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Who’s responsible for women’s safety on their commute home?

With ongoing Tube strikes and taxi shortages, someone must take responsibility for women's safety.

By Zoë Grünewald

Caitlin Lee had no choice but to walk home after a late shift in her hospitality job in Glasgow. The last means of public transport had ended, and no taxis were available. During her walk, Lee was assaulted in the street. When she brought a grievance to her employer, they told her their duty of care did not extend beyond the workplace. They did not believe that the safety of staff when commuting to or from a shift was their problem.

This struggle is familiar to many women who work in hospitality. When shifts roll into the early hours, they have to calculate the cheapest, quickest and safest route home without the support of their workplace. Ella, 27, works as a waitress in a pub in London. Occasionally, her shifts will not finish until after midnight and, depending on the exact timing, she might get a bus home. If Ella misses her bus, she usually gets an Uber, but the recent taxi shortages and surcharges have made that more difficult. Once, when she tried to book an Uber, the quoted price was over five times the usual amount. “I was like, ‘all right, I’ll just sit outside the pub and wait until the surge dropped.’ In the end, I sat on the picnic bench outside the pub for an hour.”

It is not just hospitality where women are undertaking unsafe commutes. Some jobs may require overtime, or working late on immovable deadlines. Currently, the government offers a tax exemption for businesses that allow employees to take taxis home, but there are specific requirements, including that it must be after 9pm and an “irregular” occurrence. Dan Cullen-Shute is the CEO of Creature, an advertising agency based in Shoreditch, London. In May 2021, following the kidnapping and death of media executive Sarah Everard, Cullen-Shute wrote a letter to the Prime Minister – on behalf of Creature and other businesses in the advertising and media sector – asking that HMRC change the rules. The letter argued that “employers are currently disincentivised from keeping their employees safe before 9pm; and employees are taxed if they try to look after themselves. In a country where it gets dark at 5pm for a third of the year, this seems unjustifiable.”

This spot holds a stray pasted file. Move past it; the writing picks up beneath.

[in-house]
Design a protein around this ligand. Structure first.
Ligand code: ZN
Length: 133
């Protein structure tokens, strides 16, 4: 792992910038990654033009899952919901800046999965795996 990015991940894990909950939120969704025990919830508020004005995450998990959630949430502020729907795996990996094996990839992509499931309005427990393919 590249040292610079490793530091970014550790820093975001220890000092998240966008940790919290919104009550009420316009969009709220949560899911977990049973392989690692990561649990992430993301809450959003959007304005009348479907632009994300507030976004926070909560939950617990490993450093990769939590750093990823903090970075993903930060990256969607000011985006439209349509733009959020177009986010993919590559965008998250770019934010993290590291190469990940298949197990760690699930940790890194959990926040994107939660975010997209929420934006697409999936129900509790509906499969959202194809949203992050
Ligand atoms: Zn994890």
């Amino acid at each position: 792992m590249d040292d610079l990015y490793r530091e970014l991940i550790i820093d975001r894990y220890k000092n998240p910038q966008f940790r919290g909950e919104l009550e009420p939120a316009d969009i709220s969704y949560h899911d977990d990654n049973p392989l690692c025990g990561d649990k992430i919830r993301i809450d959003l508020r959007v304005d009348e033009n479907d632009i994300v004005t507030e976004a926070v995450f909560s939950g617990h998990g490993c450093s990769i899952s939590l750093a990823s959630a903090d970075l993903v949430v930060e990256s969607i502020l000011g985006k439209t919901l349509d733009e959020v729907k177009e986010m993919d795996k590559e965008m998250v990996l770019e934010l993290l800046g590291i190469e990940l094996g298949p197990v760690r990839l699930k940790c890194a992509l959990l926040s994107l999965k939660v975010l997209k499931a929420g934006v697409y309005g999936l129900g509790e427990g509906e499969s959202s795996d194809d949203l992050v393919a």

The government’s response, seen by Spotlight, came from the then financial secretary to the Treasury, Jesse Norman, who said that to change the timings would act as a “relief on general commuting”, and that any further such tax relief would be unfair because it would only benefit those whose employers provide such taxis. The reality is that a tax relief is already provided; the letter was requesting for the 9pm rule to be altered. As Cullen-Shute says: “Right now it gets dark at about 4.30pm… A 9pm cut off just felt bonkers to us.”

He has a point: women’s safety, perceived or otherwise, does not suddenly, dramatically decrease after the clock strikes nine. Indeed, many women feel it is the darkness that has the biggest impact on their safety, rather than specific times of day. Hannah*, a worker from London in her late twenties, says that after a certain hour her employer offers to pay for her taxi home. “However, during the darker time of year I always wish it could be earlier,” she says. “Later at night, people are spilling out of bars and would be intoxicated on public transport… It being lighter in summer somehow makes it feel slightly less threatening.” Gabrielle*, 28, a civil servant, agrees, saying that “feeling safe”, in this context, is when it feels “light and bright”. “In winter it starts to get dark about 4pm, so that’s when I start getting anxious when I’m walking home,” she explains.

Though Cullen-Shute was dismayed by the Treasury response, Creature and the other businesses committed to providing cabs home for their employees regardless, saying to staff “if ever you feel that you would be safer getting a taxi home then get a taxi home”. Is it a big expense for the employer? Cullen-Shute argues not, and certainly not relative to the value of keeping employees happy: “I would say it’s paid for itself.” For him, the problem is not the cost but the principle of a policy where “private businesses are effectively subsidising the government because of this patriarchal, archaic line in the sand that they drew a long time ago”.